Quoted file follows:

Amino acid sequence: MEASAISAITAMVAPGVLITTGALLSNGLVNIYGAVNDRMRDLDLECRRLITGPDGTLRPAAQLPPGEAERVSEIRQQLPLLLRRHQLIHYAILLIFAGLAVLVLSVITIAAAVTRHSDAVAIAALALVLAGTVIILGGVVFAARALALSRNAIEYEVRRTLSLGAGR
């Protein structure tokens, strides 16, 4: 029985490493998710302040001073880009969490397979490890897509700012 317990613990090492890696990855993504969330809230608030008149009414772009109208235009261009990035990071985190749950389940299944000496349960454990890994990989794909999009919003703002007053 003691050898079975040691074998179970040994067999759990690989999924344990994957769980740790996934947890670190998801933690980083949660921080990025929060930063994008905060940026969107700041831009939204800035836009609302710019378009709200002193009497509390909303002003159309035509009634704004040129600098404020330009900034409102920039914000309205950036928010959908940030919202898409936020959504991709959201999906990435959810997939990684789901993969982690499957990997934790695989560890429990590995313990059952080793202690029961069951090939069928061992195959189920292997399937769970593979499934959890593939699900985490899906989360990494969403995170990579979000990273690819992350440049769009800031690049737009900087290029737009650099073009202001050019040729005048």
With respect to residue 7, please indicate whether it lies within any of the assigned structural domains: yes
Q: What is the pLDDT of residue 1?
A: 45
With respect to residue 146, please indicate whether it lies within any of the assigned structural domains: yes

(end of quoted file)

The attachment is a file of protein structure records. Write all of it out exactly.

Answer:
Amino acid sequence: MEASAISAITAMVAPGVLITTGALLSNGLVNIYGAVNDRMRDLDLECRRLITGPDGTLRPAAQLPPGEAERVSEIRQQLPLLLRRHQLIHYAILLIFAGLAVLVLSVITIAAAVTRHSDAVAIAALALVLAGTVIILGGVVFAARALALSRNAIEYEVRRTLSLGAGR
């Protein structure tokens, strides 16, 4: 029985490493998710302040001073880009969490397979490890897509700012 317990613990090492890696990855993504969330809230608030008149009414772009109208235009261009990035990071985190749950389940299944000496349960454990890994990989794909999009919003703002007053 003691050898079975040691074998179970040994067999759990690989999924344990994957769980740790996934947890670190998801933690980083949660921080990025929060930063994008905060940026969107700041831009939204800035836009609302710019378009709200002193009497509390909303002003159309035509009634704004040129600098404020330009900034409102920039914000309205950036928010959908940030919202898409936020959504991709959201999906990435959810997939990684789901993969982690499957990997934790695989560890429990590995313990059952080793202690029961069951090939069928061992195959189920292997399937769970593979499934959890593939699900985490899906989360990494969403995170990579979000990273690819992350440049769009800031690049737009900087290029737009650099073009202001050019040729005048």
With respect to residue 7, please indicate whether it lies within any of the assigned structural domains: yes
Q: What is the pLDDT of residue 1?
A: 45
With respect to residue 146, please indicate whether it lies within any of the assigned structural domains: yes